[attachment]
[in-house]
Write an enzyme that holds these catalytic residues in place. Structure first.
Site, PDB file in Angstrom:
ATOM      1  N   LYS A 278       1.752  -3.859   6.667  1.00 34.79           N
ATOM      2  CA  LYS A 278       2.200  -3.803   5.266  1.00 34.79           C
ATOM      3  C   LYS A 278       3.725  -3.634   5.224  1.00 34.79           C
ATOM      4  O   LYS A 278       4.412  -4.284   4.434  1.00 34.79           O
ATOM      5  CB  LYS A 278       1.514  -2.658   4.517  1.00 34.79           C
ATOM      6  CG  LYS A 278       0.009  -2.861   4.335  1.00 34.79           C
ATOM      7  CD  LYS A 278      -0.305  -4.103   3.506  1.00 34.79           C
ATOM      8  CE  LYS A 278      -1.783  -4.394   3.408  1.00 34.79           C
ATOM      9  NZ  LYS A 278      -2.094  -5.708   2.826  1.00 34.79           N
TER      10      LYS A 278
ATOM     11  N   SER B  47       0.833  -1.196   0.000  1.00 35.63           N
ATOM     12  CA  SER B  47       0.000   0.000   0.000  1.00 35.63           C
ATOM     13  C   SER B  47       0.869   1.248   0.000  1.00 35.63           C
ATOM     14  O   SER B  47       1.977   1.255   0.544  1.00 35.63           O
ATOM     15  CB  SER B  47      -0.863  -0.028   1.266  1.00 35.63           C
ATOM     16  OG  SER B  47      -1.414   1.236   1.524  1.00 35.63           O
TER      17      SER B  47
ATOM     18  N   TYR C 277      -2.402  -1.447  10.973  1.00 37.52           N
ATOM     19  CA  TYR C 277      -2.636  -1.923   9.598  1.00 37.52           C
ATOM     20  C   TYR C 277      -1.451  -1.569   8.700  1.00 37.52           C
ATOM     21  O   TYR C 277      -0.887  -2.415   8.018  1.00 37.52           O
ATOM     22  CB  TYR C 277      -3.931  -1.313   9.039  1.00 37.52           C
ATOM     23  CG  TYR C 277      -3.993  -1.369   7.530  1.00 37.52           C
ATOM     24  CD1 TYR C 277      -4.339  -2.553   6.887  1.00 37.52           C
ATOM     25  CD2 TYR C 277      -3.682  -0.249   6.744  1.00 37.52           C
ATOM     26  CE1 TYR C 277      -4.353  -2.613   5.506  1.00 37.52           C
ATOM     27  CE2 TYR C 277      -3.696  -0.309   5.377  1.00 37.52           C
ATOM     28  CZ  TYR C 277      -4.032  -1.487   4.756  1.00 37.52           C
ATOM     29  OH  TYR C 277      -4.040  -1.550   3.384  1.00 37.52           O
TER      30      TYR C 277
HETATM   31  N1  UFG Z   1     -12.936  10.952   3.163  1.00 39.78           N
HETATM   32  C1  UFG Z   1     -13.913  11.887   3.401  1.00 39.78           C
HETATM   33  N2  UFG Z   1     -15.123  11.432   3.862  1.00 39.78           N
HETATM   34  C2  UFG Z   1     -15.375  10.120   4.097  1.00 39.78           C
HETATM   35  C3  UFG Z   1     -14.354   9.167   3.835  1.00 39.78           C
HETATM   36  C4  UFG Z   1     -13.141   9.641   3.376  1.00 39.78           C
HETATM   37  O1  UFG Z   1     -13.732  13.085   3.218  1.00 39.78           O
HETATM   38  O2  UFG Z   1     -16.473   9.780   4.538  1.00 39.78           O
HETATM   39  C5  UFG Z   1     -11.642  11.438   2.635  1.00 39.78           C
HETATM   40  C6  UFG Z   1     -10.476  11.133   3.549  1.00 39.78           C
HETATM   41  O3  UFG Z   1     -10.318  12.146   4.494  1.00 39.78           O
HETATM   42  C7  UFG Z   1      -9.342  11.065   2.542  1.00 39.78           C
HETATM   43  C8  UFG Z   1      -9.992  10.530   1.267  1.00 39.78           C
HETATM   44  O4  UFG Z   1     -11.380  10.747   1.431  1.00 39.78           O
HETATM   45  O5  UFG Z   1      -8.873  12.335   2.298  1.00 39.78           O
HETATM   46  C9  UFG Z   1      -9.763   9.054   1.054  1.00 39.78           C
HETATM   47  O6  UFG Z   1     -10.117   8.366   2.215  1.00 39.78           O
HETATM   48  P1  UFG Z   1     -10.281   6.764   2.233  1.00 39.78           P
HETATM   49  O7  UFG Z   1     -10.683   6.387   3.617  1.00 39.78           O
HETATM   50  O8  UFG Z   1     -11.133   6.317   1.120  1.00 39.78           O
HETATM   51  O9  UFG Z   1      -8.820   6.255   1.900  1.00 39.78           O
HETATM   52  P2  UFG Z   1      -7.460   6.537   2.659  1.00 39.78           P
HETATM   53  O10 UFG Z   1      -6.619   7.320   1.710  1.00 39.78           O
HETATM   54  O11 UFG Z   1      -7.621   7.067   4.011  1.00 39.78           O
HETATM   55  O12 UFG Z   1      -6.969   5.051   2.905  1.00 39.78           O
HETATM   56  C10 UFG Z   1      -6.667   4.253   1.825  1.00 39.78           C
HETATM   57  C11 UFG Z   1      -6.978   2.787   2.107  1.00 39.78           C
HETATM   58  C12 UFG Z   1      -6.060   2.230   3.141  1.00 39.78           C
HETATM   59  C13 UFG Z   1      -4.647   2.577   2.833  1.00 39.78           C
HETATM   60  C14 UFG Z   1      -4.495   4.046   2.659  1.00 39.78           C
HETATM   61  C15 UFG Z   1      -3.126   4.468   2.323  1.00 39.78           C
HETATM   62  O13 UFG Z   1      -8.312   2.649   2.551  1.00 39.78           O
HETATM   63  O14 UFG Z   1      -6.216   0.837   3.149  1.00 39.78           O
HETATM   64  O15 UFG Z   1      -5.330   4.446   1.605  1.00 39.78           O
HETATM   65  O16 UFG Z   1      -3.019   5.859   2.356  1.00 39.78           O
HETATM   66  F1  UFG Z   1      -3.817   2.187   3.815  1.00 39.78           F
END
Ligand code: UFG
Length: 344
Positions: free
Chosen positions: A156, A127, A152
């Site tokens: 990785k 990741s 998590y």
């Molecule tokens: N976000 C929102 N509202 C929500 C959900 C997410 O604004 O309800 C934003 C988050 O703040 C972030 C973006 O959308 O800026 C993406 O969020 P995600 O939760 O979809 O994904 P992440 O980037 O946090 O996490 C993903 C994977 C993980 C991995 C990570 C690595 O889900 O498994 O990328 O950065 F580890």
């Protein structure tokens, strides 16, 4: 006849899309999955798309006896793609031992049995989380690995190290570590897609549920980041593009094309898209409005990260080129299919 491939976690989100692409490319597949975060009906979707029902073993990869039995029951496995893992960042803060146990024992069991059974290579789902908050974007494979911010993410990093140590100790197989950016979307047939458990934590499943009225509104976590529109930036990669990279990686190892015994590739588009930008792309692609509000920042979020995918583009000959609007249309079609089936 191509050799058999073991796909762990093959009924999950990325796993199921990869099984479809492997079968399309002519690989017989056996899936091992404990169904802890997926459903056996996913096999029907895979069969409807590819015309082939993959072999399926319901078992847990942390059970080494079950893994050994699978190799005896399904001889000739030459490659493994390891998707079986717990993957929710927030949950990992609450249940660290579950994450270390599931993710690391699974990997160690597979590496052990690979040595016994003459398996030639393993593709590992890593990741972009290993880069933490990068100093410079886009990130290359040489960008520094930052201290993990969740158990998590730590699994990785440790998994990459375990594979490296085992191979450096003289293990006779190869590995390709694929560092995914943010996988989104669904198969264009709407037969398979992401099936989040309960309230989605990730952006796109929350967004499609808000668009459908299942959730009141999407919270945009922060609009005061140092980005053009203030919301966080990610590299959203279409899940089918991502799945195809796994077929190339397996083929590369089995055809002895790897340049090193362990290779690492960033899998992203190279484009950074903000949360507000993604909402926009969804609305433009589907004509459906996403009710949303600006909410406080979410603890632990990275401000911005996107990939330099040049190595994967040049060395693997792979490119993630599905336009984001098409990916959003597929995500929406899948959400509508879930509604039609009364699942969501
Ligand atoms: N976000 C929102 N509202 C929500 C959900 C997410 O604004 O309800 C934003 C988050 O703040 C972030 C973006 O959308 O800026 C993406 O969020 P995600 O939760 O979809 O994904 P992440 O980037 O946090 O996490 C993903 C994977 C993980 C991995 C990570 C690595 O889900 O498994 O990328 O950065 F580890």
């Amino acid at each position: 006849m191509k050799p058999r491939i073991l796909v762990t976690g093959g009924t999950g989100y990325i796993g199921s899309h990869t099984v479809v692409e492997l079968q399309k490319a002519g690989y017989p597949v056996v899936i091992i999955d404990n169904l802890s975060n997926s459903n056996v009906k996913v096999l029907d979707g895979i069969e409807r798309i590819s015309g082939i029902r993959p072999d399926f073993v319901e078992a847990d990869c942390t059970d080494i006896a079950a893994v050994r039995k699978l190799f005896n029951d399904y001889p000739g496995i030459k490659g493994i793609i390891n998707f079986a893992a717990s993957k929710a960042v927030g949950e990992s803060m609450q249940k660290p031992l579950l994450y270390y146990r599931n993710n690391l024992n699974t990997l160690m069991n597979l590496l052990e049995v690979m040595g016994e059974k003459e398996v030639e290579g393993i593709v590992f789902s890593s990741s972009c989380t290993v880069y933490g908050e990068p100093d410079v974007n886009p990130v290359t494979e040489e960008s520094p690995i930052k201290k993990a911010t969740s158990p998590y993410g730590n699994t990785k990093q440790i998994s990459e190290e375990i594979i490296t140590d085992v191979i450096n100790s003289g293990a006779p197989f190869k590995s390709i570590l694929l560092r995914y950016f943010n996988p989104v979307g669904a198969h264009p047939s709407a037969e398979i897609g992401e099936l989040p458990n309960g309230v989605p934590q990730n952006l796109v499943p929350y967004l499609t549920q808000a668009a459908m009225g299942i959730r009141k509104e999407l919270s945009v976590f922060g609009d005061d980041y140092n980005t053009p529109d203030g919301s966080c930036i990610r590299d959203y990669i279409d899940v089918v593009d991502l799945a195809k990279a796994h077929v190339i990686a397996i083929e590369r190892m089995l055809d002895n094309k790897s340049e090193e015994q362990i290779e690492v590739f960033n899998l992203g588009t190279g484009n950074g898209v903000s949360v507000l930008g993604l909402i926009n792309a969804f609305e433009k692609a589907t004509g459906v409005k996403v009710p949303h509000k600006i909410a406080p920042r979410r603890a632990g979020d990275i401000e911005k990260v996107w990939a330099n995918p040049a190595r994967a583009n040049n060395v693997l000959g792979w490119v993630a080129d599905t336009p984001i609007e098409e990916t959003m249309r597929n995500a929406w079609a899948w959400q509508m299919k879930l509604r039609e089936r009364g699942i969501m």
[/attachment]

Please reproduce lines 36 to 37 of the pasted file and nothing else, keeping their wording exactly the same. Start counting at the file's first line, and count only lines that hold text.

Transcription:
HETATM   33  N2  UFG Z   1     -15.123  11.432   3.862  1.00 39.78           N
HETATM   34  C2  UFG Z   1     -15.375  10.120   4.097  1.00 39.78           C